1 Terms and Conditions of Employment

1.1 What are the main sources of employment law?

The Department of Labor administers and enforces over 180 federal employment laws, including the Fair Labor Standards Act (FLSA), the Family and Medical Leave Act (FMLA), the Employee Retirement Income Security Act (ERISA), the Occupational Safety and Health Act (OSHA), and the Uniformed Services Employment and Reemployment Rights Act (USERRA).

The Equal Employment Opportunity Commission enforces federal laws that make it illegal to discriminate against job applicants or employees, including Title VII of the Civil Rights Act of 1964 (Title VII), the Pregnancy Discrimination Act (PDA), the Americans with Disabilities Act (ADA), the Age Discrimination in Employment Act of 1967 (ADEA), the Equal Pay Act of 1963 (EPA), and the Genetic Information Nondiscrimination Act of 2008 (GINA).

The National Labor Relations Board (NLRB) enforces the National Labor Relations Act (NLRA).

1.2 What types of worker are protected by employment law? How are different types of worker distinguished?

In order to be covered by federal employment laws, an employer must employ a certain number of employees (depending on the type of employer and the discrimination being alleged). State and local laws cover smaller employers that lack the number of employees required under federal laws.

Employees are distinguished by the existence of an employment contract (or collective bargaining agreement) or employment-at-will. At-will employment can be freely terminated by either the employer or employee, for any or no reason, with or without notice, so long as a federal, state, or local law is not violated. Typically, employees are presumed to be at-will unless a contract creating a different relationship exists. Where employment is established by contract, the employer-employee relationship is governed by the terms and conditions of the agreement. Employment is also distinguished by: whether the employee works in the public or private sector; whether the worker is considered an employee or an independent contractor; and/or whether the employee is exempt or non-exempt from overtime. Exempt employees are not protected by the Fair Labor Standards Act (FLSA) and are thus not entitled to overtime pay, whereas non-exempt employees are entitled to overtime pay.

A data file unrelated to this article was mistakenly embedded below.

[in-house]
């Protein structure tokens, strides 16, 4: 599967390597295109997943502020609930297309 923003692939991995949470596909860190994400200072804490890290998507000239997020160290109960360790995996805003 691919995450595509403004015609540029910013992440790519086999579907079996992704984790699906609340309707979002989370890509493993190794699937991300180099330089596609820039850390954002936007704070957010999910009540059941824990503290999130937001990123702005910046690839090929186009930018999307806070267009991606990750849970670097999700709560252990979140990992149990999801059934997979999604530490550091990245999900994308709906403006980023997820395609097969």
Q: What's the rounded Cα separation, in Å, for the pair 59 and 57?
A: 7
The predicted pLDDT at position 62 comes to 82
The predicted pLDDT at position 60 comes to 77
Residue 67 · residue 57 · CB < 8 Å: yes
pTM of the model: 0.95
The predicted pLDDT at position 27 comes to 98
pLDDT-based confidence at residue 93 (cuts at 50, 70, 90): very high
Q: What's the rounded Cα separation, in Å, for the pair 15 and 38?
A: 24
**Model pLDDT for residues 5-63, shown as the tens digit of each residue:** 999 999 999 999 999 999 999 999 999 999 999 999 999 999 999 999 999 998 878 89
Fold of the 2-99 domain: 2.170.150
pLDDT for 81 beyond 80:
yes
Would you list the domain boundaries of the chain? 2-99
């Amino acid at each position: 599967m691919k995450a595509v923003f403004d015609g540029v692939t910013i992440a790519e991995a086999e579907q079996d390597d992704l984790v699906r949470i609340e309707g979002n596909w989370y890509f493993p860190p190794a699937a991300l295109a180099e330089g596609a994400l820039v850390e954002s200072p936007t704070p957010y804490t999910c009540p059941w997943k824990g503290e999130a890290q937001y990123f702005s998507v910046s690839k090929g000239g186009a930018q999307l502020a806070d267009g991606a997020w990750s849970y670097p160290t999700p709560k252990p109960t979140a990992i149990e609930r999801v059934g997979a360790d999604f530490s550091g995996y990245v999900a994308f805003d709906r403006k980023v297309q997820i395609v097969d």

1.3 Do contracts of employment have to be in writing? If not, do employees have to be provided with specific information in writing?

No, written contracts of employment are not required. Federal employment laws do not require employers to provide employees with specific information; however, state and local employment laws may require particular information to be in writing.

1.4 Are any terms implied into contracts of employment?

Contract law allows the parties to lay out the terms of the employeremployee relationship. Employers are under a duty of good faith and fair dealings when an employment contract exists. Depending on the applicable state and local laws, other terms may be implied into an express or implied contract.

1.5 Are any minimum employment terms and conditions set down by law that employers have to observe?